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Goodyear students team with PebbleCreek Rotary Club to collect food for needy

Post Date:05/29/2020 4:25 PM

 

The coronavirus may have altered plans to gather food for the needy, but it didn’t limit the generous spirit of residents, including youngsters, throughout the city of Goodyear.

Earlier this month, the Rotary Club of Goodyear PebbleCreek and PebbleCreek’s Kare Bears club teamed with students from six schools to collect canned food for the Agua Fria Food and Clothing Bank. But with schools shut down due to COVID-19, creativity was required in order to meet those fundraising goals.

“We were originally going to partner with our local schools to do canned food drives at the schools in partnership with the rotary club, but then, the quarantine arrived, and we were trying to keep kids safe and at home,” said Shelly Hornback, director of community operations for Litchfield Elementary School District. “So, we called on children throughout the community individually to participate within their neighborhoods.”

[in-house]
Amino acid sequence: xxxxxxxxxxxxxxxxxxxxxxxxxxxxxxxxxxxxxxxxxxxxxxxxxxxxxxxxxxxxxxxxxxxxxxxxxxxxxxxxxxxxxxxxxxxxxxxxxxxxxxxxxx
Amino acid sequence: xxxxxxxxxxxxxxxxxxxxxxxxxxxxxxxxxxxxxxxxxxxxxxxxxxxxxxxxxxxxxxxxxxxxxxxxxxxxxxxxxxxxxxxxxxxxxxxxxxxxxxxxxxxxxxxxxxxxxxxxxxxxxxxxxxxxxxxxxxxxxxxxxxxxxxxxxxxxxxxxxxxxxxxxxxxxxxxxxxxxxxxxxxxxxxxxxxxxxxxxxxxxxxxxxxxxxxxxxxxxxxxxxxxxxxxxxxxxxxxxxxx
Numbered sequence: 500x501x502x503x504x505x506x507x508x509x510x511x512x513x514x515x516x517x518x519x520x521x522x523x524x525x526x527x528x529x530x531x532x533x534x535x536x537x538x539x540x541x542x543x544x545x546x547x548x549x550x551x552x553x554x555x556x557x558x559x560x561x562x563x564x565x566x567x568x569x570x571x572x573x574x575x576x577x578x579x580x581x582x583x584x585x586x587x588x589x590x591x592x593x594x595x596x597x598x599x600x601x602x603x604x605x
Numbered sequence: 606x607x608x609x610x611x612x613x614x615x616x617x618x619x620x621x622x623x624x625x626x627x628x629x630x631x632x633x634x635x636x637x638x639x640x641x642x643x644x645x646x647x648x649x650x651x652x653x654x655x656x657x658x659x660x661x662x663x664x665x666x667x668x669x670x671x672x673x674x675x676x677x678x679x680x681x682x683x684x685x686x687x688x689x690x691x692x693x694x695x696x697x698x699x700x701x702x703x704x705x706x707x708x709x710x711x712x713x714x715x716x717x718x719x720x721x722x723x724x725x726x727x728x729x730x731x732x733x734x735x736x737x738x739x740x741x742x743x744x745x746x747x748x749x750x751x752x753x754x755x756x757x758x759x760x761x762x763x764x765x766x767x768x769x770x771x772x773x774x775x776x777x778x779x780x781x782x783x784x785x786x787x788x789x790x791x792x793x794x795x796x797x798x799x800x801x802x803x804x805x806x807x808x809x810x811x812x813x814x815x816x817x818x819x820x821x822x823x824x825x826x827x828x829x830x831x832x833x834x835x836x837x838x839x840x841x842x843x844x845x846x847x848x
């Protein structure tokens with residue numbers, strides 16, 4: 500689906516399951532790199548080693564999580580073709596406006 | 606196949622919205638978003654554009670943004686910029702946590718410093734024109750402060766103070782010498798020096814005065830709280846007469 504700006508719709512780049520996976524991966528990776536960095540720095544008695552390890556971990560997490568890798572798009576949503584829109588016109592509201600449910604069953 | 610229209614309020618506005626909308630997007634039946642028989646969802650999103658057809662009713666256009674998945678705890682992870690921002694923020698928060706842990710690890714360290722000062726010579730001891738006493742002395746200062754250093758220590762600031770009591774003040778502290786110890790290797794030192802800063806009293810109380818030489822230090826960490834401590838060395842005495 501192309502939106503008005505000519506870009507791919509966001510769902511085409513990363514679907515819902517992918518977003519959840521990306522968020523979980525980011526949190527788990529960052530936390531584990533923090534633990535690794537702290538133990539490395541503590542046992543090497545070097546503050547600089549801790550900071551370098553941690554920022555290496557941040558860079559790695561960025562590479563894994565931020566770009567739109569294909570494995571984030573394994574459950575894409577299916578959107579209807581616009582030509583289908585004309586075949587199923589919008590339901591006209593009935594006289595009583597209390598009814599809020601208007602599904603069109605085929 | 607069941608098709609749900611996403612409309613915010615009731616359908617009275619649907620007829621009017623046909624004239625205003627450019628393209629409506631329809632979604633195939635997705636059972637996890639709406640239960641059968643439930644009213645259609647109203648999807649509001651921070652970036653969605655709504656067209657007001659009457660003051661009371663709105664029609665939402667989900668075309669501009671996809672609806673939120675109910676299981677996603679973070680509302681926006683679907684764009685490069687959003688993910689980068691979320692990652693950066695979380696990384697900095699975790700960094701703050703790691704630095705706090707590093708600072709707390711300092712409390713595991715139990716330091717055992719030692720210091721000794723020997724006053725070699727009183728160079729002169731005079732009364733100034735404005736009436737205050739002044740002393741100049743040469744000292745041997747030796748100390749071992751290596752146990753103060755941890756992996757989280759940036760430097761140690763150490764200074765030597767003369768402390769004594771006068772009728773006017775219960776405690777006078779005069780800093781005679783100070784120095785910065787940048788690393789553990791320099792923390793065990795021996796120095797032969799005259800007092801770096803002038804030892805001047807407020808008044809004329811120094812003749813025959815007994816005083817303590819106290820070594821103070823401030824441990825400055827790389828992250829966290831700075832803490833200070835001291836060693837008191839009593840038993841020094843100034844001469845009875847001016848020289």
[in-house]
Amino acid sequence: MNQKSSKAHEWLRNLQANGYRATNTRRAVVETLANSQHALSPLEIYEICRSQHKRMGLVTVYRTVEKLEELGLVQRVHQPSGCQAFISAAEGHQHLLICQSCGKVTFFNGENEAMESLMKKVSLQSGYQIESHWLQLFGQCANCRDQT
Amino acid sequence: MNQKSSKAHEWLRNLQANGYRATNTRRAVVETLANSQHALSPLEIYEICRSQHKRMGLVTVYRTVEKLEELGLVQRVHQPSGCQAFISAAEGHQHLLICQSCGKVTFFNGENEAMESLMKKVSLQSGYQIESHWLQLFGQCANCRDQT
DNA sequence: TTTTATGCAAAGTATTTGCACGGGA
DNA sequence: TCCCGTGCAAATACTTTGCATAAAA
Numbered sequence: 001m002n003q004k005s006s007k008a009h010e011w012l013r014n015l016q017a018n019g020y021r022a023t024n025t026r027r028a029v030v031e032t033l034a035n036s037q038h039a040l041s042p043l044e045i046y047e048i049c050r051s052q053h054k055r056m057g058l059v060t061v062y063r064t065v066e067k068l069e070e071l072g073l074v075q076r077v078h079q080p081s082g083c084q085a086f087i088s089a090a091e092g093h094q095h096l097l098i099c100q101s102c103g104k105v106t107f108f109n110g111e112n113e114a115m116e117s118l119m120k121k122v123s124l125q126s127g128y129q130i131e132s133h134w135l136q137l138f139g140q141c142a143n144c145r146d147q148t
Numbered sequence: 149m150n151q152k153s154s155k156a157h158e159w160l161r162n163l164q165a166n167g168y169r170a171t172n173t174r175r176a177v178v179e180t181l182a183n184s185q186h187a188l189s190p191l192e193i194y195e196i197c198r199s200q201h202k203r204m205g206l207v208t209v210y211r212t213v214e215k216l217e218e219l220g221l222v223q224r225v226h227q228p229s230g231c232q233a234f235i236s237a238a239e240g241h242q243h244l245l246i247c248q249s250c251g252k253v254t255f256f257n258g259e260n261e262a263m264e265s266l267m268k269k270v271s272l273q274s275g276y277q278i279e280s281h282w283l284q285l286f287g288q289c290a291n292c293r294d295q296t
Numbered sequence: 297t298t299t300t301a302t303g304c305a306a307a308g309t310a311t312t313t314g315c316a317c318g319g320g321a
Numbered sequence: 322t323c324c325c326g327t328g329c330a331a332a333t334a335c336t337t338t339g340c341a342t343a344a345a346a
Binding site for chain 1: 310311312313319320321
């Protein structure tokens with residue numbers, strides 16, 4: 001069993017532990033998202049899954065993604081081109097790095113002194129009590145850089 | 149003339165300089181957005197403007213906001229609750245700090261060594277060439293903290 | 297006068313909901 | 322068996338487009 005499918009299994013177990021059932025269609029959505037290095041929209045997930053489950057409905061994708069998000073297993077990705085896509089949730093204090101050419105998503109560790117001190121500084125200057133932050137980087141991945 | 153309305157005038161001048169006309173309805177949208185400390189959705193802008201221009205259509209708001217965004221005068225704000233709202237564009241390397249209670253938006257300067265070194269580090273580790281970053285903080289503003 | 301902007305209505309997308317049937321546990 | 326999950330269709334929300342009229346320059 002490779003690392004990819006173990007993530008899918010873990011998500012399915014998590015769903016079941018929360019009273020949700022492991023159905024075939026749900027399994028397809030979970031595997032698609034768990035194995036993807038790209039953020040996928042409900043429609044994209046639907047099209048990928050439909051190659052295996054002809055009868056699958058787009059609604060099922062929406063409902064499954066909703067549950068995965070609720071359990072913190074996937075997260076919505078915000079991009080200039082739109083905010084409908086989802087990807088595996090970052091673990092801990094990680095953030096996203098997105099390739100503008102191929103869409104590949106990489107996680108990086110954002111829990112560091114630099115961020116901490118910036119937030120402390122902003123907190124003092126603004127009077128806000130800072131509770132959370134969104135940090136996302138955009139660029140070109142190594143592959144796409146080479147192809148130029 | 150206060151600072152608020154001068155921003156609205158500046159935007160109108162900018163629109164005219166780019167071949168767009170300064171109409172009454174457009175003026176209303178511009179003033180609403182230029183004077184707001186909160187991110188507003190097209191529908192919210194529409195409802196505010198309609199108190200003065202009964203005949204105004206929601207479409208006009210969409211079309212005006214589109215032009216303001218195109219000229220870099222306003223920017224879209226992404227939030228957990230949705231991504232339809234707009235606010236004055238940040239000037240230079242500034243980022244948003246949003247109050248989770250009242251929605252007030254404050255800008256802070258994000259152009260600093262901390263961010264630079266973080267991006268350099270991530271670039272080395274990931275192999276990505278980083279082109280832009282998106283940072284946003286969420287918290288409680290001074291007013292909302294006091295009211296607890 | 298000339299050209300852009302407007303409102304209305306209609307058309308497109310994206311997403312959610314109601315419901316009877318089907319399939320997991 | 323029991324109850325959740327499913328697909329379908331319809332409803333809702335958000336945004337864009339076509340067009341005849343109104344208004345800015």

Hornback reached out to eight kids in Goodyear who are known for going above and beyond in their communities, including Millie Moran and her little brother Monty.

“It’s always needed, but it’s needed especially (now), and it was a good way to help in my community,” said Millie Moran, a Millennium High School student. “It was a good way to reach out and help those in need.”

The Morans distributed small posters throughout their neighborhood that asked Goodyear residents to drop off any canned food they can spare at the Moran residents.

They were thrilled to see the results.

“We weren’t expecting as many donations, and we got so much food,” she said. “It was really surprising to see that, during this time, people were willing to pitch in so much more than we expected.”

In fact, the children who participated in the food drive helped raise over 1,000 pounds of food, roughly one quarter of the total amount raised during the rotary club’s week-long drive. Altogether, the drive brought in 4,500 pounds of food and $3,100 for the food bank.

It’s just another example of Goodyear residents stepping up to help in a time of need.

“Our students are really good about pitching in and contributing to the community all the time, but we suspected that they were really going to come through at this time when our community is in crisis,” Hornback said. “We’re so proud of all the kids who pitched in, and really thankful for their leadership.”

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